The funeral was held on a cold day. I remember my family standing around me and Ola’s family alongside them. Ola’s father was a mountain of a man and he stood in place of my own father when it came time for the others leave the graveside. We stood there a long time, silent, together, while the crowd thinned and then left only the two of us. Then he rested his hand on my shoulder. Standing there looking down at her coffin in the grave was like watching her die all over again. All I could feel was that by even just acknowledging that she was gone, let alone accept it, was a gross, mortal betrayal. And it was like her father knew it. I could feel it in the way that he squeezed my shoulder. He never said a word and yet he spoke to me in a way that is beyond language. I swear it would have killed me to bury her if he hadn’t been there for me. I could feel death breathing on my neck until his hand reached up to me. But little Sila needed me. More than ever I had to stand strong against my own weakness and wear my pain, for my child. I didn’t know what I was going to do, how I was going to live. I wasn’t numb but I wished I was. I didn’t want to live that agony. I didn’t want to breathe. I didn’t want. I just was. Like some shell that had nothing inside it.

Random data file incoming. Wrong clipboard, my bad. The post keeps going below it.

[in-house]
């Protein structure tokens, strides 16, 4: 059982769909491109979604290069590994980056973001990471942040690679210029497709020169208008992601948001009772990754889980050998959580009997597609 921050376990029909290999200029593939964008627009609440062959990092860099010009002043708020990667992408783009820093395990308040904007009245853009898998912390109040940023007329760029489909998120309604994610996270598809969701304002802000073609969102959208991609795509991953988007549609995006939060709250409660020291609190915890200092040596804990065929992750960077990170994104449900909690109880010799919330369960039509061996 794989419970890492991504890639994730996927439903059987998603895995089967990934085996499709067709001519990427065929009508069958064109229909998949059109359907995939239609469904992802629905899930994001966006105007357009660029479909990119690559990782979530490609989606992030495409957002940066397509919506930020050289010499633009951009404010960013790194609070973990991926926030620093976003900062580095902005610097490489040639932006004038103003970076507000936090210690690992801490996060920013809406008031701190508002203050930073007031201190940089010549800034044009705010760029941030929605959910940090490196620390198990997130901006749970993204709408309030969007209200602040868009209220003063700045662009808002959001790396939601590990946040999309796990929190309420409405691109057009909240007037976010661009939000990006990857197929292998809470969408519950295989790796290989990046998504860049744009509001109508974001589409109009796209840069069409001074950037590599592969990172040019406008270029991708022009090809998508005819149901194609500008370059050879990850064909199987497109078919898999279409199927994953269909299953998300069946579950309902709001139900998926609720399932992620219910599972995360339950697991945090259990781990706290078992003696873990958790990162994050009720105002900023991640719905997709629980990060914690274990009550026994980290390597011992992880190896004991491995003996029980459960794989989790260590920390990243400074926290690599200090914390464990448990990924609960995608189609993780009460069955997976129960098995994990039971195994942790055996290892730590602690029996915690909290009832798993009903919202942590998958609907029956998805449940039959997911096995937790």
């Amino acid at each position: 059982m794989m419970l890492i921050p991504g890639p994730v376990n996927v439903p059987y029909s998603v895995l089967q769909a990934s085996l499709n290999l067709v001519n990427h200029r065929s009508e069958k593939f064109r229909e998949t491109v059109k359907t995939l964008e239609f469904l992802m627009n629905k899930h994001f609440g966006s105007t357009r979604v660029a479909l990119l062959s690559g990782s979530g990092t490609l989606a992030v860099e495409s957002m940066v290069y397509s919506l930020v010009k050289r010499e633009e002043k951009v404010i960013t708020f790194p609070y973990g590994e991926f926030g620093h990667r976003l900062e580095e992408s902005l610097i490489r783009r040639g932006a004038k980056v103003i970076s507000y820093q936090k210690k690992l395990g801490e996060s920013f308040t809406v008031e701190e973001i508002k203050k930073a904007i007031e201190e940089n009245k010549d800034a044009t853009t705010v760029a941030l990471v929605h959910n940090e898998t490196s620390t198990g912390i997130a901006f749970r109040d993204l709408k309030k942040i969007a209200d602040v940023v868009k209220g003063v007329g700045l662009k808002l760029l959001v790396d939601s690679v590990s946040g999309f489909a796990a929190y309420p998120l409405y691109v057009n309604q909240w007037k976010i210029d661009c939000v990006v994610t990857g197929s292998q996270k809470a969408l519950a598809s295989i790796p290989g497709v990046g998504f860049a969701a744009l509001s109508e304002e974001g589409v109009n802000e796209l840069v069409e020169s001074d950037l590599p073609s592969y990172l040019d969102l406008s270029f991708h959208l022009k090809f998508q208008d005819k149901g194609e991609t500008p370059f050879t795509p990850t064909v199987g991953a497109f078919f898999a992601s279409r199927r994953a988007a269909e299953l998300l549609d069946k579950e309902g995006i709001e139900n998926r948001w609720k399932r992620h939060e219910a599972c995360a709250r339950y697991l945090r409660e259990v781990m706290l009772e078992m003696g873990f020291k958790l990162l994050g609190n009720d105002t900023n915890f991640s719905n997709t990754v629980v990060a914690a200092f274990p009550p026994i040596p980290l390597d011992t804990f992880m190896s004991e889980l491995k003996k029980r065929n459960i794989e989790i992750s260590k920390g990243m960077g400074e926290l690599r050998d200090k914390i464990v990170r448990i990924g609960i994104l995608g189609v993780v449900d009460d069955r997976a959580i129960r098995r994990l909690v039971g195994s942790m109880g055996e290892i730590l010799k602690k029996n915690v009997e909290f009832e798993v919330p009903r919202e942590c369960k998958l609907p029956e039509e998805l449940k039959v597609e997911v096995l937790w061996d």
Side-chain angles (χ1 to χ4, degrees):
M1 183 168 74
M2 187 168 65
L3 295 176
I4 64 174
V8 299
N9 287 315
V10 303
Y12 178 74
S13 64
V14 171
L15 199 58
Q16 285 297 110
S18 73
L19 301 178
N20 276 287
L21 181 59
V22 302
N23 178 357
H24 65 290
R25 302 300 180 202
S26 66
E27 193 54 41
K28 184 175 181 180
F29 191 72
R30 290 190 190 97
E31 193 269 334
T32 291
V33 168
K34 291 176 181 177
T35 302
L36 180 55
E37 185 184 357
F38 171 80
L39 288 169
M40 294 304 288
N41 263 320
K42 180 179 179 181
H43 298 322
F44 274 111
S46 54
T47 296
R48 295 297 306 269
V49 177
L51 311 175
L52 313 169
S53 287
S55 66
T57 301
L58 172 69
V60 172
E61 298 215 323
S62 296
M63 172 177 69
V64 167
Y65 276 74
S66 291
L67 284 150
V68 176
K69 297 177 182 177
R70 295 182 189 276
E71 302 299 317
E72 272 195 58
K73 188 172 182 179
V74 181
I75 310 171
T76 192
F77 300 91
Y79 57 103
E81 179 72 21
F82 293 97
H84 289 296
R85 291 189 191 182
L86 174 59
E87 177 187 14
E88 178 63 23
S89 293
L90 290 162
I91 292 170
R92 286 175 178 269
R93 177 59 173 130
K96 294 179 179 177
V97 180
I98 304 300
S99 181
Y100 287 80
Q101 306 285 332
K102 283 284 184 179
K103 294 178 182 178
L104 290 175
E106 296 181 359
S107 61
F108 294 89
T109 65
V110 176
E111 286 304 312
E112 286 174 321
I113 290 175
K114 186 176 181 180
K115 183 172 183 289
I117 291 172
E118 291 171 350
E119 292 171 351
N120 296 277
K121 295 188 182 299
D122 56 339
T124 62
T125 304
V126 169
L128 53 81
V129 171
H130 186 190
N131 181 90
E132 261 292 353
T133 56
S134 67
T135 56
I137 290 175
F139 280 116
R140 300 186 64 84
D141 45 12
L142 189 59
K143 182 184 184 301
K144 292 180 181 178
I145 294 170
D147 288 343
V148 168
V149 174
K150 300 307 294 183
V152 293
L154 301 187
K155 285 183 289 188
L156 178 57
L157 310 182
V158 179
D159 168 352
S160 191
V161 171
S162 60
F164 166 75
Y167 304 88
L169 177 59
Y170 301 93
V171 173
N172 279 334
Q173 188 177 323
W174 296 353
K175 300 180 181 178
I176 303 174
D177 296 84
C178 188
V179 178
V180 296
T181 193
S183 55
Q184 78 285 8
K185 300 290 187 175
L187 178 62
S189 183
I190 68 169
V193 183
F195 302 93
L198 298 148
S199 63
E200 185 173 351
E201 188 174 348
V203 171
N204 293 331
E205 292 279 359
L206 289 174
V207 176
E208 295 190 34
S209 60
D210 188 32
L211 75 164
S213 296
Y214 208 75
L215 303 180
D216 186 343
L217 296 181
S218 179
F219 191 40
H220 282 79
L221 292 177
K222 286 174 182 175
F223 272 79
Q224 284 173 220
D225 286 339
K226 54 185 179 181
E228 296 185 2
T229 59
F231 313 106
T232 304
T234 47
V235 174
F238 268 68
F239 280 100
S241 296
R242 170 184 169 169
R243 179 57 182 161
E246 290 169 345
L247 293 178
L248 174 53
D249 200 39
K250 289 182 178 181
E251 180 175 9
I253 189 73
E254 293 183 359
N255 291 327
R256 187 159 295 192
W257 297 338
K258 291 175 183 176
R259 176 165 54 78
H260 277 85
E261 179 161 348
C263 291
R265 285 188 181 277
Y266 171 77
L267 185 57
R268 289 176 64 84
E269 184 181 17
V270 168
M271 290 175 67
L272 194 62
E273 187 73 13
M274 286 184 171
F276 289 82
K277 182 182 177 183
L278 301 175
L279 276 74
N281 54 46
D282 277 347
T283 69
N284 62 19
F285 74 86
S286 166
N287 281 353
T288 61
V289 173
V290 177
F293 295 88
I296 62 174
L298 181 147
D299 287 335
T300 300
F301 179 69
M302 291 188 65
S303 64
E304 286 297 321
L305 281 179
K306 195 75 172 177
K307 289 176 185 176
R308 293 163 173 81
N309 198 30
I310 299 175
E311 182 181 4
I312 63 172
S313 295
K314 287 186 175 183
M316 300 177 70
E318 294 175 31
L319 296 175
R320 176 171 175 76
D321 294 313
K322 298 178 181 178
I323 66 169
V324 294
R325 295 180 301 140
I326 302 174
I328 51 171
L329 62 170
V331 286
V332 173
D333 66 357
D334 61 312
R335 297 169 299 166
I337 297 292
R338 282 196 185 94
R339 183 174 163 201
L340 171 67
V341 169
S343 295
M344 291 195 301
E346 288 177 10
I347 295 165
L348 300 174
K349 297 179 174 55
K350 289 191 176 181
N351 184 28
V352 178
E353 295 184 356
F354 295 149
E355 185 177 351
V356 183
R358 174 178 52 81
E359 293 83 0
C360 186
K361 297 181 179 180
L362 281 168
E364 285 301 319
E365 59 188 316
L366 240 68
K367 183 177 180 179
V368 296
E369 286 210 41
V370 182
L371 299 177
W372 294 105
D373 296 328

All I had to do to strengthen myself was think of Sila. She was so vulnerable. So innocent. Afraid that I would explode from the hurt if I let any other feelings in, my need to protect her was the only thing that I allowed myself to feel. Anything more was just too dangerous. Ola’s mother and father moved in with us to look after Sila for the first few months. I admit that I was unable to care for her fully in that time but one night Wieslaw sat me down and told me a story about a fire he had fought when he first joined the brigade. He never, ever spoke about his work. Not even once. So when he sat forward with his elbows on his knees, stared at the floor between his feet and then spoke the gravity of the moment struck my like a brick.